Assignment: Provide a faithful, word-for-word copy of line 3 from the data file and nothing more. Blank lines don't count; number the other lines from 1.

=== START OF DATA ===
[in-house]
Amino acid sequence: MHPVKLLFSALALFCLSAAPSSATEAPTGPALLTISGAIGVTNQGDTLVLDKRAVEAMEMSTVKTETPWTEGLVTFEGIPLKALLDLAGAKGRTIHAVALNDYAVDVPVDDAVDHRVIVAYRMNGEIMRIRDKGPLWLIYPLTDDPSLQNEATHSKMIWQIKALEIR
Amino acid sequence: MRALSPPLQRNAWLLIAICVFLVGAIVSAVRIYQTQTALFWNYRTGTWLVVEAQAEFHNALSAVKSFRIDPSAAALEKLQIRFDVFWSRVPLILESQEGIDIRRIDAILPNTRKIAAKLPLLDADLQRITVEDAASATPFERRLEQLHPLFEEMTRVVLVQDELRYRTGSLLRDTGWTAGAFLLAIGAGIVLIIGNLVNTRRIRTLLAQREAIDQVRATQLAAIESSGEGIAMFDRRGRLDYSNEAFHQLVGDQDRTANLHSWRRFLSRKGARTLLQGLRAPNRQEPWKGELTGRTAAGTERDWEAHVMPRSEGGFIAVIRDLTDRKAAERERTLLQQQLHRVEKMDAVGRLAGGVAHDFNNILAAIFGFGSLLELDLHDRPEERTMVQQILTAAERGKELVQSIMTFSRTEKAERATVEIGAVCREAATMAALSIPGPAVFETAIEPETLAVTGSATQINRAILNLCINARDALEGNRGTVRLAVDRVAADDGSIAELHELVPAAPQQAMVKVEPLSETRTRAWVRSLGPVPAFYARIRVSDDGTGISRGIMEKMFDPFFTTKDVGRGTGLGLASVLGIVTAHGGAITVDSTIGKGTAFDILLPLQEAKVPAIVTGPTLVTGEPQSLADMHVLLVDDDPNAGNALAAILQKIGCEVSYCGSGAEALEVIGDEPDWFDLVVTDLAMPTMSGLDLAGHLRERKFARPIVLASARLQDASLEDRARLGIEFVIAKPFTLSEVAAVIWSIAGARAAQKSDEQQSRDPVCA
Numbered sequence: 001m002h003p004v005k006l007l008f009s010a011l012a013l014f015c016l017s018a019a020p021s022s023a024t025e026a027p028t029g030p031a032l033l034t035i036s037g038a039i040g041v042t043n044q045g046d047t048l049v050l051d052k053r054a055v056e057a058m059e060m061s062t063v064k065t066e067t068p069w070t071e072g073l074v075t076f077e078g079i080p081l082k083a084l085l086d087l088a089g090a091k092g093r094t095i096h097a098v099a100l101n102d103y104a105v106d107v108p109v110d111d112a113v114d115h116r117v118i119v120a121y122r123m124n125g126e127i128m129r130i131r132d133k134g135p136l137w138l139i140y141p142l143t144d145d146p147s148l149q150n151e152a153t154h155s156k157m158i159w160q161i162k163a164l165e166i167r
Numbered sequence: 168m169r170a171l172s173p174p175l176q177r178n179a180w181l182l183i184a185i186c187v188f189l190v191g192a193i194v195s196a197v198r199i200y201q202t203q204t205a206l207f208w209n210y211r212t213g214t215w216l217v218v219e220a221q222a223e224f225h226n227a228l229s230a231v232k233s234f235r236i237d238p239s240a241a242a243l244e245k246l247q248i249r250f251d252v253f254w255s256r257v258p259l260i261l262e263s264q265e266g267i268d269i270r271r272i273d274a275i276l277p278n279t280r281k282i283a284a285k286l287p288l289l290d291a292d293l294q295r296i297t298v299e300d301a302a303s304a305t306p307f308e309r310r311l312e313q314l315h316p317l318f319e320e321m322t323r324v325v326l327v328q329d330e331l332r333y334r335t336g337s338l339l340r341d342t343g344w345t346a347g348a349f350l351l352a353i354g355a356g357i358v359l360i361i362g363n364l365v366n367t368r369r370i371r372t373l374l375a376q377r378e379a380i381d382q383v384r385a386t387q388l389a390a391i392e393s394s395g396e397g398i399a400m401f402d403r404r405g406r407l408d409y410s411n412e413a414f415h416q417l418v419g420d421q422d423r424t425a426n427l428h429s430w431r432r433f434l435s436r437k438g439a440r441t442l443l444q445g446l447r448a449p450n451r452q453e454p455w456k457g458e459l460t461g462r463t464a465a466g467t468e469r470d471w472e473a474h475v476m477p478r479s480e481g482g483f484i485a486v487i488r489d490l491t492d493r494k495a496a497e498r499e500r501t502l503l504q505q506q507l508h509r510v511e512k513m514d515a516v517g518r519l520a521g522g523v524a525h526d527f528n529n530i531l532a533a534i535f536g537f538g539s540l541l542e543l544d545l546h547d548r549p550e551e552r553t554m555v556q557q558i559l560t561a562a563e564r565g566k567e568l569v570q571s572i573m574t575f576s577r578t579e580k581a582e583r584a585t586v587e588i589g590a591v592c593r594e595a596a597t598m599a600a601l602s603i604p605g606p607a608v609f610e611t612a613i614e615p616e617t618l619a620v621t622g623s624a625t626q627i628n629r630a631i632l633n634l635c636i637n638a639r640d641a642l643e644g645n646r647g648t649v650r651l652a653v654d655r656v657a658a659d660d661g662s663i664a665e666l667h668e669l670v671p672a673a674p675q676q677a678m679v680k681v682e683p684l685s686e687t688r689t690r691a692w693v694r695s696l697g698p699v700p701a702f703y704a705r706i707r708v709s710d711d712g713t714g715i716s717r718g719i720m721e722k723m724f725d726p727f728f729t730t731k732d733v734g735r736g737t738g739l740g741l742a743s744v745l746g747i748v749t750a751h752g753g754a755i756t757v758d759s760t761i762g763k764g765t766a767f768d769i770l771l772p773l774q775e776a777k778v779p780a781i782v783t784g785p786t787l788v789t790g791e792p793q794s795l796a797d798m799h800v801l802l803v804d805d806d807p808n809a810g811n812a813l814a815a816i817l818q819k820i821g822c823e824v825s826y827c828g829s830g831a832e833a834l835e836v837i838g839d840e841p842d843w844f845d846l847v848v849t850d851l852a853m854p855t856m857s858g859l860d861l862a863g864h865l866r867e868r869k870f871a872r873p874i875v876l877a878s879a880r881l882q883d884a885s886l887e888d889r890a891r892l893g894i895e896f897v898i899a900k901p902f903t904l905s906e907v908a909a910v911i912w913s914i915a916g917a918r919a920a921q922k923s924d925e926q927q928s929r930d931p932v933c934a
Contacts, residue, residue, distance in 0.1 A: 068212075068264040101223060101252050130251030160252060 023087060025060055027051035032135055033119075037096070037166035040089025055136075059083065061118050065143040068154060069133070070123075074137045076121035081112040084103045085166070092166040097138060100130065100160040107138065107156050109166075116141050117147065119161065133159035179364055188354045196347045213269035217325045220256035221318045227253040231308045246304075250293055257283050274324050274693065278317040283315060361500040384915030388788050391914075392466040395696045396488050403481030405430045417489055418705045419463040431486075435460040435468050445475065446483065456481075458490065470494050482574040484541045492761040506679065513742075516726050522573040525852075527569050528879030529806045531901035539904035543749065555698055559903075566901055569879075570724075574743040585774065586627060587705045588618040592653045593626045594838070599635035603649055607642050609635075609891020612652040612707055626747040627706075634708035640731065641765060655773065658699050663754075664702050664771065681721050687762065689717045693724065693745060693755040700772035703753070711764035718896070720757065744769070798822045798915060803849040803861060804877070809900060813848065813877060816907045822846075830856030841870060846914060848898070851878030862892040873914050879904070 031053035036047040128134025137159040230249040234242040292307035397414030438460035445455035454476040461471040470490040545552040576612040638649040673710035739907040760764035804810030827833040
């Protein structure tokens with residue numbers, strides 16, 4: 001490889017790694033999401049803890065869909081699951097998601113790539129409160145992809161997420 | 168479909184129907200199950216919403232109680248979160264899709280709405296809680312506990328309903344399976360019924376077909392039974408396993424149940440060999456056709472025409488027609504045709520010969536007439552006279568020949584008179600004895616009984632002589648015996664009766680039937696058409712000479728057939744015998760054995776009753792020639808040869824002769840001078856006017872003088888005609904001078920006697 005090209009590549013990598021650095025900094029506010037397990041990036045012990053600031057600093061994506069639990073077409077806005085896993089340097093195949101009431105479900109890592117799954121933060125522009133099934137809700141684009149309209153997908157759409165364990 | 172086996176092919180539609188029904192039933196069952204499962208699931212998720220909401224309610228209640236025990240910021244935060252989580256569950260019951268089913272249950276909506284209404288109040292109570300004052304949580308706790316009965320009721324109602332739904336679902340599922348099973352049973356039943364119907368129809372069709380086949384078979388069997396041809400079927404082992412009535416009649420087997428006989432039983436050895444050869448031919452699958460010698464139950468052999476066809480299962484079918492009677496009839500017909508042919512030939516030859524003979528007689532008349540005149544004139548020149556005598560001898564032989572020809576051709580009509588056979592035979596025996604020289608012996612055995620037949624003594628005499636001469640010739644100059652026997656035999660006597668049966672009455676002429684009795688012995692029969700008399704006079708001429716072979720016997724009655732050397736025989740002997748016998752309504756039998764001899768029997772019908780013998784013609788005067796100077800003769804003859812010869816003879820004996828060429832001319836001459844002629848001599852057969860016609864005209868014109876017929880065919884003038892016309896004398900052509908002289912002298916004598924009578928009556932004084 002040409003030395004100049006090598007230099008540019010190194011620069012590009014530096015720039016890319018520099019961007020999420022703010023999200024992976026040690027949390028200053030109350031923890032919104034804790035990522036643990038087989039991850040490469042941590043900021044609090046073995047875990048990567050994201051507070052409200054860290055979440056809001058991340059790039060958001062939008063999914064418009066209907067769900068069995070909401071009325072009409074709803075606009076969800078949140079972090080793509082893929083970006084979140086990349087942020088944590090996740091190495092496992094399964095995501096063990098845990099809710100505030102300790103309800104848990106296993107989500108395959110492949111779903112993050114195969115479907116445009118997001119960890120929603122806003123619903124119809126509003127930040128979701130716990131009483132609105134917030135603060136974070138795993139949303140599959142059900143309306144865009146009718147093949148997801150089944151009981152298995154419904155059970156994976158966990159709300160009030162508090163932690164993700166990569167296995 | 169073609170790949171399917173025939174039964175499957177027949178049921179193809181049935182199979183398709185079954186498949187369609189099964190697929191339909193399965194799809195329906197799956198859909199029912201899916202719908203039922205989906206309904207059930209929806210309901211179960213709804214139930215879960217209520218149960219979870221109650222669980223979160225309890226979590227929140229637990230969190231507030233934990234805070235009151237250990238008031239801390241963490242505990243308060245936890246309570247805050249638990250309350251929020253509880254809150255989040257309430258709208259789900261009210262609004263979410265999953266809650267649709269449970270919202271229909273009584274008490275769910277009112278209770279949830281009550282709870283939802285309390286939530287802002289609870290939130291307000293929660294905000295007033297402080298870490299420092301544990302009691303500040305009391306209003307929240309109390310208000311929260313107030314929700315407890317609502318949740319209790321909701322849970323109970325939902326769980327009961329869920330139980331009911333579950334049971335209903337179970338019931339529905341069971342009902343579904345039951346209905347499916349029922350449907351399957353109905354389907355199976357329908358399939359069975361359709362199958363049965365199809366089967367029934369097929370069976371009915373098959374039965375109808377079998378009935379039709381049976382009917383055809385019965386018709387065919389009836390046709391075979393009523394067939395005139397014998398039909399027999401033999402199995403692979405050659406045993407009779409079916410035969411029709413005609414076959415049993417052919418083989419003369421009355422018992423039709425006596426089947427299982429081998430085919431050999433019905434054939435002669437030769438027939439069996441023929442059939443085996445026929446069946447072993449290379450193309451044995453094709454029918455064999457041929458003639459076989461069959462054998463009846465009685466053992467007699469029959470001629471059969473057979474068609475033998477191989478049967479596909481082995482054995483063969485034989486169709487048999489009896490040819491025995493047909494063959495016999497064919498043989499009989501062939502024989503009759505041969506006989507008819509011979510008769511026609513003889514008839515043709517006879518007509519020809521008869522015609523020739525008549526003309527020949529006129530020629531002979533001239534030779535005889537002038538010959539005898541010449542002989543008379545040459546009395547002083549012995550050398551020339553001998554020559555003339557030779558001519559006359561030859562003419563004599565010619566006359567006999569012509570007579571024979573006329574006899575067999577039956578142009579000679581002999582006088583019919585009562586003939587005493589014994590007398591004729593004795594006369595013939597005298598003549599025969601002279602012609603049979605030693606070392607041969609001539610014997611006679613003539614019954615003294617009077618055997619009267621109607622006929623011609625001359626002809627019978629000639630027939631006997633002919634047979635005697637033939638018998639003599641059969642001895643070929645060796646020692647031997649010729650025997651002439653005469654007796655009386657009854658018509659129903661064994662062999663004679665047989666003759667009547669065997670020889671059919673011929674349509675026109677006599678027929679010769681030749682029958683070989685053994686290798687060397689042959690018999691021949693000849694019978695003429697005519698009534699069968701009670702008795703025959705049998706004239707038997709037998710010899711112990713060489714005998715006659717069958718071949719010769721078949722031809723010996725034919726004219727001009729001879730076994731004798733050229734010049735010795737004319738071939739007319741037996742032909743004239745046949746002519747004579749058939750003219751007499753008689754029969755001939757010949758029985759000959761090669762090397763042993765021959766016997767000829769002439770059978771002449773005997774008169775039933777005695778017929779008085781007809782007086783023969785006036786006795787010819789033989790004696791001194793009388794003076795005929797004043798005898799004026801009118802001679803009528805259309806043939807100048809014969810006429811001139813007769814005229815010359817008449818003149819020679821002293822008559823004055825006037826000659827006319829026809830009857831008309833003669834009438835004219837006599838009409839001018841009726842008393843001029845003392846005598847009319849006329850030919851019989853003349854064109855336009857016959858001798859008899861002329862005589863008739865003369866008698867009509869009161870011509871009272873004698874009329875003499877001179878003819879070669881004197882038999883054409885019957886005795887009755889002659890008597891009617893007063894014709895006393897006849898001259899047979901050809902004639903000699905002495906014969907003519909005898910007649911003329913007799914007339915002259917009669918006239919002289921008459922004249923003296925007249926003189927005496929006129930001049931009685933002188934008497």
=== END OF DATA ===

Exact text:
Amino acid sequence: MRALSPPLQRNAWLLIAICVFLVGAIVSAVRIYQTQTALFWNYRTGTWLVVEAQAEFHNALSAVKSFRIDPSAAALEKLQIRFDVFWSRVPLILESQEGIDIRRIDAILPNTRKIAAKLPLLDADLQRITVEDAASATPFERRLEQLHPLFEEMTRVVLVQDELRYRTGSLLRDTGWTAGAFLLAIGAGIVLIIGNLVNTRRIRTLLAQREAIDQVRATQLAAIESSGEGIAMFDRRGRLDYSNEAFHQLVGDQDRTANLHSWRRFLSRKGARTLLQGLRAPNRQEPWKGELTGRTAAGTERDWEAHVMPRSEGGFIAVIRDLTDRKAAERERTLLQQQLHRVEKMDAVGRLAGGVAHDFNNILAAIFGFGSLLELDLHDRPEERTMVQQILTAAERGKELVQSIMTFSRTEKAERATVEIGAVCREAATMAALSIPGPAVFETAIEPETLAVTGSATQINRAILNLCINARDALEGNRGTVRLAVDRVAADDGSIAELHELVPAAPQQAMVKVEPLSETRTRAWVRSLGPVPAFYARIRVSDDGTGISRGIMEKMFDPFFTTKDVGRGTGLGLASVLGIVTAHGGAITVDSTIGKGTAFDILLPLQEAKVPAIVTGPTLVTGEPQSLADMHVLLVDDDPNAGNALAAILQKIGCEVSYCGSGAEALEVIGDEPDWFDLVVTDLAMPTMSGLDLAGHLRERKFARPIVLASARLQDASLEDRARLGIEFVIAKPFTLSEVAAVIWSIAGARAAQKSDEQQSRDPVCA